- Is it OK to use & instead of and?
- Can we use the before city name?
- Which is correct to be use or to be used?
- What is the difference between on and in with examples?
- Who is VS that is?
- When can we use the before a name?
- Can we use the before man?
- When can it be used?
- Who and which sentences?
- Where should you not use articles?
- Can it be used for person?
- What are examples of questions?
- How do you use after in a sentence?
- When can I use an in a sentence?
- When should the be used?
Is it OK to use & instead of and?
Reader’s question: When do you use an ampersand (&) instead of ‘and’.
Answer: You can use ampersands in titles, signage and website buttons where space is limited or the ampersand is part of an organisation’s branding.
Use and, not ampersands in business writing, even for emails.
It is more professional..
Can we use the before city name?
The general rule for “the” and proper nouns of location is as follows: Use the word “the” before the name of a place if: The place name has two or more words. One of the words in a place name is a common noun.
Which is correct to be use or to be used?
Used to refers to something familiar or routine, as in “I’m used to getting up early for work,” or to say that something repeatedly happened in the past like “we used to go out more.” Use to typically occurs with did; “did you use to work there?” or “it didn’t use to be like that,” describing something in the past that …
What is the difference between on and in with examples?
‘In’ implies a preposition, that represents a situation in which something is surrounded by something else. Conversely, ‘on’ is used in the situation when something is in physical contact with the surface of another object. ‘In’ is used when we are talking about months, years, seasons, decades and centuries.
Who is VS that is?
As a general rule of thumb use “who” in the singular person, and use “who” and “that” where appropriate in the plural person. But never use “who” to indicate an object/subject, instead use “that” for that purpose.
When can we use the before a name?
You don’t use the before names or proper nouns that identify a person. If you do this with a proper name it sounds like you are trying to depersonalize someone (i.e. consider them a mere thing) and can be considered rude, condescending, and awkward.
Can we use the before man?
A2A By asking your question, you have put one of the articles that can be used with man. … You can also use “the” man. You can not use “an” because man does not start with a vowel or sound like it starts with a vowel. Examples: He was the man I saw last week on the bus.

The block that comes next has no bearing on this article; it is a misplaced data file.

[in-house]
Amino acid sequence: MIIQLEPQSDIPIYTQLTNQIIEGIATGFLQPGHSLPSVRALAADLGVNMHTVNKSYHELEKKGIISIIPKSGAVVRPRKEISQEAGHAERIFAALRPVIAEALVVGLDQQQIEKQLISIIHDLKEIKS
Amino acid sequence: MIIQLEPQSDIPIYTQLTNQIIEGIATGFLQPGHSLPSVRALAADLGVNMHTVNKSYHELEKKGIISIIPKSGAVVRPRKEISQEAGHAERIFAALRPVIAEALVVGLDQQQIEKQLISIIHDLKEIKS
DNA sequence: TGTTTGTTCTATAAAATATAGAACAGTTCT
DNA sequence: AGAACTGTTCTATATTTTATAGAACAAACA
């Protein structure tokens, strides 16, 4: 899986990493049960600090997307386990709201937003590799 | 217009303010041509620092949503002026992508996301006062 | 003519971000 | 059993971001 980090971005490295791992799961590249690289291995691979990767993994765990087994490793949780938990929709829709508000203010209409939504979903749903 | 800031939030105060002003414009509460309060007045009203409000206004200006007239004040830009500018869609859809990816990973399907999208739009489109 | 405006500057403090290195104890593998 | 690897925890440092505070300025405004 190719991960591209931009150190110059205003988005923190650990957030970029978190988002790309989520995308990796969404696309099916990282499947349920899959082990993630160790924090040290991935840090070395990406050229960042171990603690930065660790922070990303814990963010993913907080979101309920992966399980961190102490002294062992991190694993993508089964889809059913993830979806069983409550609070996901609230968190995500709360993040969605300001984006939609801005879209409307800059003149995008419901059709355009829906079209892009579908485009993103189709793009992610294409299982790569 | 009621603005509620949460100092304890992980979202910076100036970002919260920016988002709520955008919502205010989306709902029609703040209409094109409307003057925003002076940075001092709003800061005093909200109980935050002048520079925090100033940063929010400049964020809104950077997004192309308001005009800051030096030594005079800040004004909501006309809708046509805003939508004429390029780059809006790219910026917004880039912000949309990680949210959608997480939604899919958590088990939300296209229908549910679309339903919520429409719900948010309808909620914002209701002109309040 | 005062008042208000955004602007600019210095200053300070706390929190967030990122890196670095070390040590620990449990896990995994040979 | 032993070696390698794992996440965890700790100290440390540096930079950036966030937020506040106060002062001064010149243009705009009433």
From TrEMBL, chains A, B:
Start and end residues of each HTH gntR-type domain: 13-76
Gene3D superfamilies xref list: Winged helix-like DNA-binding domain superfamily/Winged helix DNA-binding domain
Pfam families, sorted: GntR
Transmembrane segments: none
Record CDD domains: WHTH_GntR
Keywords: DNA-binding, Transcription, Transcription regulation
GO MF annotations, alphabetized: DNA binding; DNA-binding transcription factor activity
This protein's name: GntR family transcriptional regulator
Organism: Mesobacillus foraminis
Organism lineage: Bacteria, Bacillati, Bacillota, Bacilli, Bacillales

When can it be used?
Usage. The word and term it can be used for either a subject or an object in a sentence and can describe any physical or psychological subject or object.
Who and which sentences?
Use comas before who and which when the clause can be taken out without changing the meaning of the sentence. Comas are for extra information. “My daughter, who was born in Venice, is 17.” In the above sentence, “who was born in Venice” is extra information and can be removed: “My daughter is 17.”
Where should you not use articles?
Articles are not used before countries, states, cities, towns, continents, single lakes, or single mountains.I live in Canada.Mt. Rosa is part of the Alps mountain range. … I’m going to Europe next month on vacation.Lake Ontario and Lake Huron are 2 of the Great Lakes. … Mt.
Can it be used for person?
According to the Webster dictionary (www.webster.com) the pronoun ‘it’ can be used in reference to “a person or animal whose sex is unknown or disregarded
What are examples of questions?
WH Question Wordsquestion wordfunctionexample sentencewhatasking for information about somethingWhat is your name?asking for repetition or confirmationWhat? I can’t hear you. You did what?what…forasking for a reason, asking whyWhat did you do that for?whenasking about timeWhen did he leave?16 more rows
How do you use after in a sentence?
They went to Northern Ireland, which they visited after seeing Brighton. They went to Brighton, after which they visited Northern Ireland. They went to Brighton and went on to Northern Ireland after(wards).
When can I use an in a sentence?
“A” is used before words starting in consonant sounds and “an” is used before words starting with vowel sounds. It doesn’t matter if the word is an adjective, a noun, an adverb, or anything else; the rule is exactly the same.
When should the be used?
Use “the” if a specific person has a title or if only one person has a title. Don’t Use “a,” “an,” or “the” if the person’s name is given. Use “the” if the name of the country is plural or indicates a group (of states, islands, etc.)